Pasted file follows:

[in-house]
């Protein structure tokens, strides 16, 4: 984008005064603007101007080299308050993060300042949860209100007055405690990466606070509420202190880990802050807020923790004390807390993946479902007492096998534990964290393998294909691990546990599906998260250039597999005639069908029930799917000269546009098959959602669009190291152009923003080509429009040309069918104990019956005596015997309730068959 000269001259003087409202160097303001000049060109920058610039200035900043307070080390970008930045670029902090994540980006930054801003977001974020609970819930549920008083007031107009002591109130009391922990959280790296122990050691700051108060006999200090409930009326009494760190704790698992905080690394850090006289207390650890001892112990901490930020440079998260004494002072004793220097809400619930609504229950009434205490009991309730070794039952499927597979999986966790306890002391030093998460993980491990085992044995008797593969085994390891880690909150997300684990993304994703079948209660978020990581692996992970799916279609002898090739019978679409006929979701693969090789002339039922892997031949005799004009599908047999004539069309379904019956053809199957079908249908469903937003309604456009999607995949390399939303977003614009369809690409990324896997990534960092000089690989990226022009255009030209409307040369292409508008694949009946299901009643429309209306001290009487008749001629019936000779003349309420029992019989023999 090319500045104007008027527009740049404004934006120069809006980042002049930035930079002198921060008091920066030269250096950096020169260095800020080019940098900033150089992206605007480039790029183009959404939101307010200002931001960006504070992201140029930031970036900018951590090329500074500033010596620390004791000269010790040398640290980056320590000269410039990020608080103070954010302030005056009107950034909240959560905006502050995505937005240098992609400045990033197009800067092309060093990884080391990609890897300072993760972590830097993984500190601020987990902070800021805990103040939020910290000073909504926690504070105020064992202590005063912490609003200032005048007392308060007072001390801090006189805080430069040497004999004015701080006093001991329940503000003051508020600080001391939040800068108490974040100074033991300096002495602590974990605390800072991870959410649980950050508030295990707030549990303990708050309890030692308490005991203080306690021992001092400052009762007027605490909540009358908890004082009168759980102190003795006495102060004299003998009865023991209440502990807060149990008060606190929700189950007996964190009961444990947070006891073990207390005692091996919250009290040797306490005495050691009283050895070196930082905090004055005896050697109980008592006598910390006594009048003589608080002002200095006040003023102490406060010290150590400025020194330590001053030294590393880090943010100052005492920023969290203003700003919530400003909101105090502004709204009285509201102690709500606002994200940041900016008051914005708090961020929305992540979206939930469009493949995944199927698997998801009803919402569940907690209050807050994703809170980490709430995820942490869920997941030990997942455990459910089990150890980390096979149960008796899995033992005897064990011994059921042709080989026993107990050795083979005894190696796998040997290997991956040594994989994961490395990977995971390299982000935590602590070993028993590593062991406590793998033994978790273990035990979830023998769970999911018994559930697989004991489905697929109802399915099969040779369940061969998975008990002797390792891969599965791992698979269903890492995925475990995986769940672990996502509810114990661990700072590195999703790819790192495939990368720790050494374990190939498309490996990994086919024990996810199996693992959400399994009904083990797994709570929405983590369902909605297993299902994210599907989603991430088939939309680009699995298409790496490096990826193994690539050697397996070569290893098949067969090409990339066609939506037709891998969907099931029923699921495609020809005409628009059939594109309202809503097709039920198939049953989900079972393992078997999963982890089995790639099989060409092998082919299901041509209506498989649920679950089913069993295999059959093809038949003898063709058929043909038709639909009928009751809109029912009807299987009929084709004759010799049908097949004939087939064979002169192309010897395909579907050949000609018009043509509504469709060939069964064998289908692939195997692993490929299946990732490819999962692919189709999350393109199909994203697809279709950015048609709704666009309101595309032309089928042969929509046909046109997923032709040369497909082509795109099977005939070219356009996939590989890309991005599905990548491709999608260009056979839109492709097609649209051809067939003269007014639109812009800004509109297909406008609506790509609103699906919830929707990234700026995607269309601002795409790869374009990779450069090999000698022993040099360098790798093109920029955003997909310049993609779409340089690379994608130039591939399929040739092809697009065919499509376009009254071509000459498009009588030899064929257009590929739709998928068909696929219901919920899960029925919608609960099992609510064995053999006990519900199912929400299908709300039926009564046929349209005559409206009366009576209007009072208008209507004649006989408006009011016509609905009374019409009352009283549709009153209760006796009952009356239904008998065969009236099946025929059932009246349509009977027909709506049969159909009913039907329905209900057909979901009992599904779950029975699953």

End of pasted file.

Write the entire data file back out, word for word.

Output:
[in-house]
């Protein structure tokens, strides 16, 4: 984008005064603007101007080299308050993060300042949860209100007055405690990466606070509420202190880990802050807020923790004390807390993946479902007492096998534990964290393998294909691990546990599906998260250039597999005639069908029930799917000269546009098959959602669009190291152009923003080509429009040309069918104990019956005596015997309730068959 000269001259003087409202160097303001000049060109920058610039200035900043307070080390970008930045670029902090994540980006930054801003977001974020609970819930549920008083007031107009002591109130009391922990959280790296122990050691700051108060006999200090409930009326009494760190704790698992905080690394850090006289207390650890001892112990901490930020440079998260004494002072004793220097809400619930609504229950009434205490009991309730070794039952499927597979999986966790306890002391030093998460993980491990085992044995008797593969085994390891880690909150997300684990993304994703079948209660978020990581692996992970799916279609002898090739019978679409006929979701693969090789002339039922892997031949005799004009599908047999004539069309379904019956053809199957079908249908469903937003309604456009999607995949390399939303977003614009369809690409990324896997990534960092000089690989990226022009255009030209409307040369292409508008694949009946299901009643429309209306001290009487008749001629019936000779003349309420029992019989023999 090319500045104007008027527009740049404004934006120069809006980042002049930035930079002198921060008091920066030269250096950096020169260095800020080019940098900033150089992206605007480039790029183009959404939101307010200002931001960006504070992201140029930031970036900018951590090329500074500033010596620390004791000269010790040398640290980056320590000269410039990020608080103070954010302030005056009107950034909240959560905006502050995505937005240098992609400045990033197009800067092309060093990884080391990609890897300072993760972590830097993984500190601020987990902070800021805990103040939020910290000073909504926690504070105020064992202590005063912490609003200032005048007392308060007072001390801090006189805080430069040497004999004015701080006093001991329940503000003051508020600080001391939040800068108490974040100074033991300096002495602590974990605390800072991870959410649980950050508030295990707030549990303990708050309890030692308490005991203080306690021992001092400052009762007027605490909540009358908890004082009168759980102190003795006495102060004299003998009865023991209440502990807060149990008060606190929700189950007996964190009961444990947070006891073990207390005692091996919250009290040797306490005495050691009283050895070196930082905090004055005896050697109980008592006598910390006594009048003589608080002002200095006040003023102490406060010290150590400025020194330590001053030294590393880090943010100052005492920023969290203003700003919530400003909101105090502004709204009285509201102690709500606002994200940041900016008051914005708090961020929305992540979206939930469009493949995944199927698997998801009803919402569940907690209050807050994703809170980490709430995820942490869920997941030990997942455990459910089990150890980390096979149960008796899995033992005897064990011994059921042709080989026993107990050795083979005894190696796998040997290997991956040594994989994961490395990977995971390299982000935590602590070993028993590593062991406590793998033994978790273990035990979830023998769970999911018994559930697989004991489905697929109802399915099969040779369940061969998975008990002797390792891969599965791992698979269903890492995925475990995986769940672990996502509810114990661990700072590195999703790819790192495939990368720790050494374990190939498309490996990994086919024990996810199996693992959400399994009904083990797994709570929405983590369902909605297993299902994210599907989603991430088939939309680009699995298409790496490096990826193994690539050697397996070569290893098949067969090409990339066609939506037709891998969907099931029923699921495609020809005409628009059939594109309202809503097709039920198939049953989900079972393992078997999963982890089995790639099989060409092998082919299901041509209506498989649920679950089913069993295999059959093809038949003898063709058929043909038709639909009928009751809109029912009807299987009929084709004759010799049908097949004939087939064979002169192309010897395909579907050949000609018009043509509504469709060939069964064998289908692939195997692993490929299946990732490819999962692919189709999350393109199909994203697809279709950015048609709704666009309101595309032309089928042969929509046909046109997923032709040369497909082509795109099977005939070219356009996939590989890309991005599905990548491709999608260009056979839109492709097609649209051809067939003269007014639109812009800004509109297909406008609506790509609103699906919830929707990234700026995607269309601002795409790869374009990779450069090999000698022993040099360098790798093109920029955003997909310049993609779409340089690379994608130039591939399929040739092809697009065919499509376009009254071509000459498009009588030899064929257009590929739709998928068909696929219901919920899960029925919608609960099992609510064995053999006990519900199912929400299908709300039926009564046929349209005559409206009366009576209007009072208008209507004649006989408006009011016509609905009374019409009352009283549709009153209760006796009952009356239904008998065969009236099946025929059932009246349509009977027909709506049969159909009913039907329905209900057909979901009992599904779950029975699953």